The day might be a hectic swirl of craziness, but there’s one time of day that’s priceless for creating that bond and those memories: bedtime. I hope you enjoy these simple ways to make bedtime special. They won’t take much from you, but they’ll give a lot to your babies. Disclosure: this post contains affiliate links.
As a work-at-home mom, I am ALWAYS at the office. That means that if an important email dings my phone, I am sometimes guilty of running and answering it.
If I have a call with a potential client, it’s always with the kids around. It’s unavoidable.
If you’re working out of the house, you’ll also find that time with the kids is so scarce. You just need to relax for five minutes and eat something, to take care of yourself, because if you don’t, who will? Then dinner needs to be cooked. The toddler dumped Cheerios all over .The preschooler scribbled on the walls of your rental home and your landlord will be sooo annoyed…
And even if you’re a full-time stay-at-home-mom, for some reason the rest of the world assumes you’re bored and asks for you to help with any number of shul events, PTA tasks. Plus, you can’t afford to hire cleaning help. And you may be at a loss with how to connect with your kids even if you do have the time.
Bedtime, for me, is the solution to all of the above. I’ve been a stay-at-home-mom, a working mom, and a work-at-home mom in the past four years at different stages. I know how each one presents unique challenges when it comes to connecting with the little ones.
I know how easy it is to let childhood slip away.
And I know how bedtime can play a key role in teaching children just how much they mean to their parents.
For me, it’s about the song we sing. My kids are still young, and they don’t care how off-key I sing.
We sing Hamal’ach. But we also sing the English Uncle Moishy version of the song and M would not have it otherwise.
The words go “Because all of his children are special for all of the Mitzvos we do“.
He loves hearing that he’s special. He even tells me “Mommy, I’m special too, right?”. And I tell him “you are – because of the Mitzvos you do”.
I love the chance to teach him that it’s his actions that make him special. I give him specific examples. “Remember how you helped Baby Y reach that toy that he couldn’t? Remember how you told me that you really like the craft that I made? It made me feel so good! When we say nice things, we make people feel good. That makes us special”.
Bedtime is a chance to boost a child’s self-esteem and to teach valuable lessons.
Make bedtime special by making your child feel special at bedtime.
Having such talks with your child at this rare opportunity to really unwind (and I mean both of you…) is a great way to make bedtime special.
You might still have a whole day ahead of you, but since the kids are finally going to sleep, there is a sense of calm that comes.
Singing and having deep conversations might not be your thing, so I put together this little list of ways to make bedtime special. Choose the ones that work for you. Obviously, since my kids are young (four years old and eighteen months, to be exact), these ideas are geared toward that age range, but even if your kids are older, some of these might work for you.
24 Ways to Make Bedtime Special:
- Say Shema together.
- Say your own prayer together. It’s a powerful lesson for your child too.
- Sing a favorite song together.
- Sing it in a silly way. Try sticking out your tongue while singing, or singing it out of one side of your mouth.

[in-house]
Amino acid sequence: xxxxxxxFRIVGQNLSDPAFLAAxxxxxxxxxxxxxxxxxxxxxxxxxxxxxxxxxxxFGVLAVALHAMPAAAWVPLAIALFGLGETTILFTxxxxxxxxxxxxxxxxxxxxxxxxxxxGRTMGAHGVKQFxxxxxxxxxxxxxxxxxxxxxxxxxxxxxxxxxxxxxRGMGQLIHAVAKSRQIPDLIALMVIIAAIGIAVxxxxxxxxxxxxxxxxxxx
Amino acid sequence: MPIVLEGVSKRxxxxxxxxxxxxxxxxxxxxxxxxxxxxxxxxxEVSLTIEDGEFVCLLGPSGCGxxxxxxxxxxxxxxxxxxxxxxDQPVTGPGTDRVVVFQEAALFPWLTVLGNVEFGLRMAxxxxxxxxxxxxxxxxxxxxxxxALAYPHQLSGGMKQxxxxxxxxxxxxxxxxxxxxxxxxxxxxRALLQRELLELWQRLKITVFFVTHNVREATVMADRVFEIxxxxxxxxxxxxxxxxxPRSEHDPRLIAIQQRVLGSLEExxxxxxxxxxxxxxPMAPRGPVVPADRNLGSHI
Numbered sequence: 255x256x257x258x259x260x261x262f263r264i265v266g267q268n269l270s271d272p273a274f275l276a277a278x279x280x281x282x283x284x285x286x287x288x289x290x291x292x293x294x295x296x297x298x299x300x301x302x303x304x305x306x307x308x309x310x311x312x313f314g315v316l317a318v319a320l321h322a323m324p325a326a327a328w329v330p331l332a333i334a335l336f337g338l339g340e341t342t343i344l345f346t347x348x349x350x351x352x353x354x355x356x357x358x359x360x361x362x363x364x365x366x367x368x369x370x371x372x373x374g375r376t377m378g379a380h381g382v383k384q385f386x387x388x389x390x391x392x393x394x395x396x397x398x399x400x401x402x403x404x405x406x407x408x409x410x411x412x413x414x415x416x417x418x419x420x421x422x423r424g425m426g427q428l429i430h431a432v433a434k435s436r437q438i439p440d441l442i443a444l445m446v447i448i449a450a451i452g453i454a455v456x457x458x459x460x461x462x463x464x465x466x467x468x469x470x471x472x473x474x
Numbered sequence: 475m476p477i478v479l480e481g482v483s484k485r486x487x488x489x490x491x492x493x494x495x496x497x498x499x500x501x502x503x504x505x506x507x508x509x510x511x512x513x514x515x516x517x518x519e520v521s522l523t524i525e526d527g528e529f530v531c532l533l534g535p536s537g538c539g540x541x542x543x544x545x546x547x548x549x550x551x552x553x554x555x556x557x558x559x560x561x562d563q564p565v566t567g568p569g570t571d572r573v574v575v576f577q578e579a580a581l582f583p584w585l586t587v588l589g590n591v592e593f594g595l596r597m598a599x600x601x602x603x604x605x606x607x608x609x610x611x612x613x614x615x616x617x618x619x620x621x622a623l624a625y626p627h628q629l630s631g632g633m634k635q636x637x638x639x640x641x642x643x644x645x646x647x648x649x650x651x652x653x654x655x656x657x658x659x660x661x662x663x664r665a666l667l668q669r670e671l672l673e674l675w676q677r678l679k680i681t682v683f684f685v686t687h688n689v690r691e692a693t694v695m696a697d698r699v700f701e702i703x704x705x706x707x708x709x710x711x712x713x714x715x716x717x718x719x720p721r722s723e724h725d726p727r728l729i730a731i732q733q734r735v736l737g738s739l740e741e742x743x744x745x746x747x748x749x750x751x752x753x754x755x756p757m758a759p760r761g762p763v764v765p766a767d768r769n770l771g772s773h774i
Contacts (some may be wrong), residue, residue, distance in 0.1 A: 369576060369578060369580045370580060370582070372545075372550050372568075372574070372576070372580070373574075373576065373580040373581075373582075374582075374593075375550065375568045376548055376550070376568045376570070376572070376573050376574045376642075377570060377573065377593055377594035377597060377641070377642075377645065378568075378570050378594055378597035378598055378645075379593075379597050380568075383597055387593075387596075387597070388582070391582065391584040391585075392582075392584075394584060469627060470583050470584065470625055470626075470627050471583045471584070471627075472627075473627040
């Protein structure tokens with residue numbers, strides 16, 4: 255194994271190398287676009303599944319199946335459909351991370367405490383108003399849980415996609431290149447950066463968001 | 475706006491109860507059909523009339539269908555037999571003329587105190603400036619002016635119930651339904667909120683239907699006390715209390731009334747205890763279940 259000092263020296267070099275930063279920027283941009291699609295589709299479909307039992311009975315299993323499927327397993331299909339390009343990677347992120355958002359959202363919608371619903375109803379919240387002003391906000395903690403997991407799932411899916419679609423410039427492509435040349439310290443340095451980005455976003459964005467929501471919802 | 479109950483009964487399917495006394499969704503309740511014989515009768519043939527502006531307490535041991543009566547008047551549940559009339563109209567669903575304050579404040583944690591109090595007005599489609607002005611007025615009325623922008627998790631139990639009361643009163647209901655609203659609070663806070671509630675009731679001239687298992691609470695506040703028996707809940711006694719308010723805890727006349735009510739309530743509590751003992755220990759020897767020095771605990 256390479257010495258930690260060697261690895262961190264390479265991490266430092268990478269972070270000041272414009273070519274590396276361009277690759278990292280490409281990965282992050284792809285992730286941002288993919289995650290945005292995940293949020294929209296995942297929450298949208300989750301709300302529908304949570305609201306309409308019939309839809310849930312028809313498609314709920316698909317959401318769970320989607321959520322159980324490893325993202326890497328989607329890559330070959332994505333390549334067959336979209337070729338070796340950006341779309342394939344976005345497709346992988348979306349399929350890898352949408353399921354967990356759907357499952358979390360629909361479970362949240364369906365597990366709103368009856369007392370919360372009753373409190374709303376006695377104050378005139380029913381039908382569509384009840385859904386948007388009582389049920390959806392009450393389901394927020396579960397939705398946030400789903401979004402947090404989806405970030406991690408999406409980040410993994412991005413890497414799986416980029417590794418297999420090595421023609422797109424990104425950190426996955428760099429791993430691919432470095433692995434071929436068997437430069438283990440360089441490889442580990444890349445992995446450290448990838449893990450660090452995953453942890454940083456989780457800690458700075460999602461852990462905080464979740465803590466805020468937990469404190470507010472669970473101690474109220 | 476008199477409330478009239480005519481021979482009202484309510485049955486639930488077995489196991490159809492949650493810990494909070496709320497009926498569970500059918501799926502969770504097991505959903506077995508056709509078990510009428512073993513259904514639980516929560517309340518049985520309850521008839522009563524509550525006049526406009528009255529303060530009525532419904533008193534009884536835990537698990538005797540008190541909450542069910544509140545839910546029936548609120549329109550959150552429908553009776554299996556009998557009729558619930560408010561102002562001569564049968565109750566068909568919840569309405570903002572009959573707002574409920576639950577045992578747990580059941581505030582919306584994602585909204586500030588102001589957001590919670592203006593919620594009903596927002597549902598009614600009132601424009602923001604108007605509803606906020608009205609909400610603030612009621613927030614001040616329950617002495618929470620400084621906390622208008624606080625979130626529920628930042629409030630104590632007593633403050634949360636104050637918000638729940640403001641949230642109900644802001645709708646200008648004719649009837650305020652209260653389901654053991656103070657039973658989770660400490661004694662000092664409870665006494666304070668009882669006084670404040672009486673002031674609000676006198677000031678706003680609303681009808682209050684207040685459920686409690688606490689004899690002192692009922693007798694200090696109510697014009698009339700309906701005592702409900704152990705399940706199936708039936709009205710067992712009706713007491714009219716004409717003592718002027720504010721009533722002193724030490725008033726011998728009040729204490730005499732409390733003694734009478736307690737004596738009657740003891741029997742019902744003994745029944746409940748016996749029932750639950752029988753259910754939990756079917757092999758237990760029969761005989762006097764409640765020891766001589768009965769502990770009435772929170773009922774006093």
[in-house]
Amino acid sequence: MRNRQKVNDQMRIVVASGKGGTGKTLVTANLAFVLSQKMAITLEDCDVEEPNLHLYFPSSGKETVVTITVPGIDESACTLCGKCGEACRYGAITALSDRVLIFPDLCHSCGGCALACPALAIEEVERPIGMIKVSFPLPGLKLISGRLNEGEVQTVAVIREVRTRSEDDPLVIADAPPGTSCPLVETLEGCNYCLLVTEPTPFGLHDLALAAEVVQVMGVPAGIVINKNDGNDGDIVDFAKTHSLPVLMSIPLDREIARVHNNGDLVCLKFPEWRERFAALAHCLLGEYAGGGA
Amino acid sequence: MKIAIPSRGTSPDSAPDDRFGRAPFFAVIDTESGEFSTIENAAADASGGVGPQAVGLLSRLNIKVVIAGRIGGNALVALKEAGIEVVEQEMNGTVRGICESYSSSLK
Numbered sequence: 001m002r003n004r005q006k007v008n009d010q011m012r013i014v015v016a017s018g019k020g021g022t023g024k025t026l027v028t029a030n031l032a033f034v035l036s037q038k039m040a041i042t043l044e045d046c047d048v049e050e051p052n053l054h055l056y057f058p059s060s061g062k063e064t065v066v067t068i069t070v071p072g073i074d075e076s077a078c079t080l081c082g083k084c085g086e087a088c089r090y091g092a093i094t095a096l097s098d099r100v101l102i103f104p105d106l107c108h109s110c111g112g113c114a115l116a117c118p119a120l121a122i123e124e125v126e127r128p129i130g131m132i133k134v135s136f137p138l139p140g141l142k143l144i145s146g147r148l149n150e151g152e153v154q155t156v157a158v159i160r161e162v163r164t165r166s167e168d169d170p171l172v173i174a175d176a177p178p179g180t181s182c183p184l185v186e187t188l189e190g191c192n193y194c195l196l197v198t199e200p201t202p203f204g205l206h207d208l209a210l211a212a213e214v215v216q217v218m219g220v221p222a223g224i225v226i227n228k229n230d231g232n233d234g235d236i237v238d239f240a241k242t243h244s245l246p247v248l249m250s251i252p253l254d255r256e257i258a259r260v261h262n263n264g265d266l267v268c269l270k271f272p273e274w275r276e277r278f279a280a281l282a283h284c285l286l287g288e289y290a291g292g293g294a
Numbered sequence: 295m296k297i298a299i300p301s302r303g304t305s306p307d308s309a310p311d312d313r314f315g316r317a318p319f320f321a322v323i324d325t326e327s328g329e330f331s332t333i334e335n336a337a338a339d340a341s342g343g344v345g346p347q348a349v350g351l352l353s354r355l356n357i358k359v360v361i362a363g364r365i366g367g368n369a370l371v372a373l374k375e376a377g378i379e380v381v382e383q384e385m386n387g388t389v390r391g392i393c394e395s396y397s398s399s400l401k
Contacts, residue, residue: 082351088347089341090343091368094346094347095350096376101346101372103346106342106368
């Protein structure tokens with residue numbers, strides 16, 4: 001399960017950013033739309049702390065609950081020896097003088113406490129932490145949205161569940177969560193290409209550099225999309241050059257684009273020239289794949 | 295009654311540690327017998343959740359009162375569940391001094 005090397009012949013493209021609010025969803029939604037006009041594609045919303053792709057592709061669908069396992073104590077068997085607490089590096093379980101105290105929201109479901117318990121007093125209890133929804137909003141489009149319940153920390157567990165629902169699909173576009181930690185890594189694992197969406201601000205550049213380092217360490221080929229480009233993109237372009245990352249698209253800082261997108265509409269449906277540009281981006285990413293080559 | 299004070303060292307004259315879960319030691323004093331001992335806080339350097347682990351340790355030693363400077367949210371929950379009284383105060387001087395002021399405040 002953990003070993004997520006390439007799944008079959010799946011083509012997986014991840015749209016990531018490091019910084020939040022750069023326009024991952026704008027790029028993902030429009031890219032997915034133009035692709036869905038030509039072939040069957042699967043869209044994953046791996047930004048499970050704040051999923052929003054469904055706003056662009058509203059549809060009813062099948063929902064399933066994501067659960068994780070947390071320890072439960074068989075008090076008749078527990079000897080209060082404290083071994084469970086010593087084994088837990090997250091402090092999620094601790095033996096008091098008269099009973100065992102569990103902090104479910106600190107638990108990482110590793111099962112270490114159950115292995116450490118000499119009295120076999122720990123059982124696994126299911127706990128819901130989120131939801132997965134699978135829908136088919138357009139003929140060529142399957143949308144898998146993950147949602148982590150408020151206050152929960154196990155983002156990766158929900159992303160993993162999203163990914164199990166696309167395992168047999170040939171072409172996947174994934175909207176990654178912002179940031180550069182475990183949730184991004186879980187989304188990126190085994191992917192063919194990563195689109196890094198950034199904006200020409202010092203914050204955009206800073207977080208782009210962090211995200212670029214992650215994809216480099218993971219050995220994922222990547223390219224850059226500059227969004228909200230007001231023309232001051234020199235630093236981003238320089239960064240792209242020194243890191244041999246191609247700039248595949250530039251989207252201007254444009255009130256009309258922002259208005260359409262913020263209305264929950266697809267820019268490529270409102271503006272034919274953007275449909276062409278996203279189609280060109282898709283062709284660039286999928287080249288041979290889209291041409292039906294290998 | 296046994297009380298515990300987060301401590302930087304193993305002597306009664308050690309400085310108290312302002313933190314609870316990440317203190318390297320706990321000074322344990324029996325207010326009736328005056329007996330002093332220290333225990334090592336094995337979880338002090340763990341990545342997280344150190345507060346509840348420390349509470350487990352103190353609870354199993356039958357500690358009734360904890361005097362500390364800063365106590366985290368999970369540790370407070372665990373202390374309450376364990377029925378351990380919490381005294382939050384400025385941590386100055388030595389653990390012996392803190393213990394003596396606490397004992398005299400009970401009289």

- Make up your own lullaby.
- Tell a made up story. Let your child choose the subject.
- Take turns making up lines for a new story.
- Bring crayons and paper to bed and illustrate the story as you go along.
- Talk about the day. Ask your child specific questions.
- Brush your teeth together. Try singing with the toothpaste in your mouth.
- Have a tickle party.
- Swap ridiculous jokes.
- Play Meatballs and Spaghetti with your kids’ names. Read a book, and swap out any word that starts with the same letter as your child’s name with his or her name.
- Allow your non-reading child to “read” the book to you from the pictures.
- Invent a new language. Just a few words do the trick!
- Talk about upcoming events. It can also be a great opportunity to ease your child’s anxiety about these.
- Give bedtime plenty of time. Allow this to be the phone-free dedicated time your child needs.
- Create a menu plan for the week together.
- If only one parent is dealing with bedtime, plan a surprise for the other parent together.
- Make the room dark and build constellations with glow-in-the-dark stars together. Invent your own.
- Tell “when you were a baby” stories. With Baby Y now learning new words and mispronouncing them in the cutest ways, M likes to hear how he used to say things as a baby. He especially loves it because he knows we go crazy when Baby Y says something cute, and he feels loved knowing that was him not long ago.
- Tell “when I was a kid” stories – kids love hearing that their parents were young too!
- Tell stories about your family history. Avoid things like Holocaust stories with young kids at bedtime – you don’t want to feed their anxiety.
- Play I Spy with a book or bottle.
The bottom line is, more than any THINGS you can buy your child, your child wants you. But you already have your hands full.
That’s why dedicating the end of your day to your child is a good way to make sure your child gets that basic time with you. There are opportunities throughout the day to bond with your child (for example, you can cook dinner together), but there’s nothing like knowing you’ll get that one-on-one (or two, or three) each night…
Check out the beautiful Shema poster I designed special for this! You can get it printed at your local printer for a few dollars (depending on the size) and it’s a great way to set the mood for a special bedtime!
What are your favorite ways to make bedtime special? Comment below!